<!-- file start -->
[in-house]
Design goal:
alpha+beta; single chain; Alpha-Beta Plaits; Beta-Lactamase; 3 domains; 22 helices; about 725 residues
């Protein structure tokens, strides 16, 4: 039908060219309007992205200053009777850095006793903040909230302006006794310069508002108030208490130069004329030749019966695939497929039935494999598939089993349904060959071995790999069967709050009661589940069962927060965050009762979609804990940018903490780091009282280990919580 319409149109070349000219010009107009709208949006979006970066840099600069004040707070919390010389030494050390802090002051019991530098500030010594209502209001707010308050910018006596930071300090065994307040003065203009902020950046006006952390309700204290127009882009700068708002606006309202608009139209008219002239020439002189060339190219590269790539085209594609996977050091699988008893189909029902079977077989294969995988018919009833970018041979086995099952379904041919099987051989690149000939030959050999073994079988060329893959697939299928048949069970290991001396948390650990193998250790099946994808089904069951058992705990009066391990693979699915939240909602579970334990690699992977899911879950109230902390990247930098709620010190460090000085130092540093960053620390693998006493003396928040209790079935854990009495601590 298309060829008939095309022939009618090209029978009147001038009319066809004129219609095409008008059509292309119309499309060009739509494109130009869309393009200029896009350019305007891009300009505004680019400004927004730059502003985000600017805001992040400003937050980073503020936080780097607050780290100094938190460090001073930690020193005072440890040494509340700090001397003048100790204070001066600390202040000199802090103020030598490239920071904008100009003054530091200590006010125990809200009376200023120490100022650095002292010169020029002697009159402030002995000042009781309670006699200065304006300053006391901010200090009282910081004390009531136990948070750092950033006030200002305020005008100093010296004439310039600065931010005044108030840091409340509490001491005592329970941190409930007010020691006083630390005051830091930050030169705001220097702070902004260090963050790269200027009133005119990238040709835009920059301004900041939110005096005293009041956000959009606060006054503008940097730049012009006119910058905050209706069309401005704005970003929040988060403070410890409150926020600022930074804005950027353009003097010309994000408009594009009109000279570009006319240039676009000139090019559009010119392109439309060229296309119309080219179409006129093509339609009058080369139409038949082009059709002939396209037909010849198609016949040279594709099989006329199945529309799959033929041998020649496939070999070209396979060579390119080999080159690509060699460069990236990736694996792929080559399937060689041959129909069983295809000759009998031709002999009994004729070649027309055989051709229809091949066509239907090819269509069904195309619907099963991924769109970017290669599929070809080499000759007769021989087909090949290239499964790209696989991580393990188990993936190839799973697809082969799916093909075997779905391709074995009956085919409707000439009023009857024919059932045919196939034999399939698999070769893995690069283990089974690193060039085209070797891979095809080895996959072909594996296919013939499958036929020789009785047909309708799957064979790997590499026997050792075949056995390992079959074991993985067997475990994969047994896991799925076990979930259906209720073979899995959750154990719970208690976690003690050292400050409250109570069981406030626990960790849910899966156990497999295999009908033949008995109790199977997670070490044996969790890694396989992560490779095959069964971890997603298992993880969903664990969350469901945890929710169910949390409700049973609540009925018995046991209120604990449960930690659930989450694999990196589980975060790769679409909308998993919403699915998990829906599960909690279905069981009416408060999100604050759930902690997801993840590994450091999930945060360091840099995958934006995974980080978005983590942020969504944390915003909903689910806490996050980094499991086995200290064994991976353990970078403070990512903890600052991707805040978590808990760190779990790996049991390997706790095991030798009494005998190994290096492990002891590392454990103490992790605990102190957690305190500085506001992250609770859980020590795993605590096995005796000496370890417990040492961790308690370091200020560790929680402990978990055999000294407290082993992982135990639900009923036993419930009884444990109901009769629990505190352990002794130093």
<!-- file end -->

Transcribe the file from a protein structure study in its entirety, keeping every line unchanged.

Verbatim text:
[in-house]
Design goal:
alpha+beta; single chain; Alpha-Beta Plaits; Beta-Lactamase; 3 domains; 22 helices; about 725 residues
């Protein structure tokens, strides 16, 4: 039908060219309007992205200053009777850095006793903040909230302006006794310069508002108030208490130069004329030749019966695939497929039935494999598939089993349904060959071995790999069967709050009661589940069962927060965050009762979609804990940018903490780091009282280990919580 319409149109070349000219010009107009709208949006979006970066840099600069004040707070919390010389030494050390802090002051019991530098500030010594209502209001707010308050910018006596930071300090065994307040003065203009902020950046006006952390309700204290127009882009700068708002606006309202608009139209008219002239020439002189060339190219590269790539085209594609996977050091699988008893189909029902079977077989294969995988018919009833970018041979086995099952379904041919099987051989690149000939030959050999073994079988060329893959697939299928048949069970290991001396948390650990193998250790099946994808089904069951058992705990009066391990693979699915939240909602579970334990690699992977899911879950109230902390990247930098709620010190460090000085130092540093960053620390693998006493003396928040209790079935854990009495601590 298309060829008939095309022939009618090209029978009147001038009319066809004129219609095409008008059509292309119309499309060009739509494109130009869309393009200029896009350019305007891009300009505004680019400004927004730059502003985000600017805001992040400003937050980073503020936080780097607050780290100094938190460090001073930690020193005072440890040494509340700090001397003048100790204070001066600390202040000199802090103020030598490239920071904008100009003054530091200590006010125990809200009376200023120490100022650095002292010169020029002697009159402030002995000042009781309670006699200065304006300053006391901010200090009282910081004390009531136990948070750092950033006030200002305020005008100093010296004439310039600065931010005044108030840091409340509490001491005592329970941190409930007010020691006083630390005051830091930050030169705001220097702070902004260090963050790269200027009133005119990238040709835009920059301004900041939110005096005293009041956000959009606060006054503008940097730049012009006119910058905050209706069309401005704005970003929040988060403070410890409150926020600022930074804005950027353009003097010309994000408009594009009109000279570009006319240039676009000139090019559009010119392109439309060229296309119309080219179409006129093509339609009058080369139409038949082009059709002939396209037909010849198609016949040279594709099989006329199945529309799959033929041998020649496939070999070209396979060579390119080999080159690509060699460069990236990736694996792929080559399937060689041959129909069983295809000759009998031709002999009994004729070649027309055989051709229809091949066509239907090819269509069904195309619907099963991924769109970017290669599929070809080499000759007769021989087909090949290239499964790209696989991580393990188990993936190839799973697809082969799916093909075997779905391709074995009956085919409707000439009023009857024919059932045919196939034999399939698999070769893995690069283990089974690193060039085209070797891979095809080895996959072909594996296919013939499958036929020789009785047909309708799957064979790997590499026997050792075949056995390992079959074991993985067997475990994969047994896991799925076990979930259906209720073979899995959750154990719970208690976690003690050292400050409250109570069981406030626990960790849910899966156990497999295999009908033949008995109790199977997670070490044996969790890694396989992560490779095959069964971890997603298992993880969903664990969350469901945890929710169910949390409700049973609540009925018995046991209120604990449960930690659930989450694999990196589980975060790769679409909308998993919403699915998990829906599960909690279905069981009416408060999100604050759930902690997801993840590994450091999930945060360091840099995958934006995974980080978005983590942020969504944390915003909903689910806490996050980094499991086995200290064994991976353990970078403070990512903890600052991707805040978590808990760190779990790996049991390997706790095991030798009494005998190994290096492990002891590392454990103490992790605990102190957690305190500085506001992250609770859980020590795993605590096995005796000496370890417990040492961790308690370091200020560790929680402990978990055999000294407290082993992982135990639900009923036993419930009884444990109901009769629990505190352990002794130093």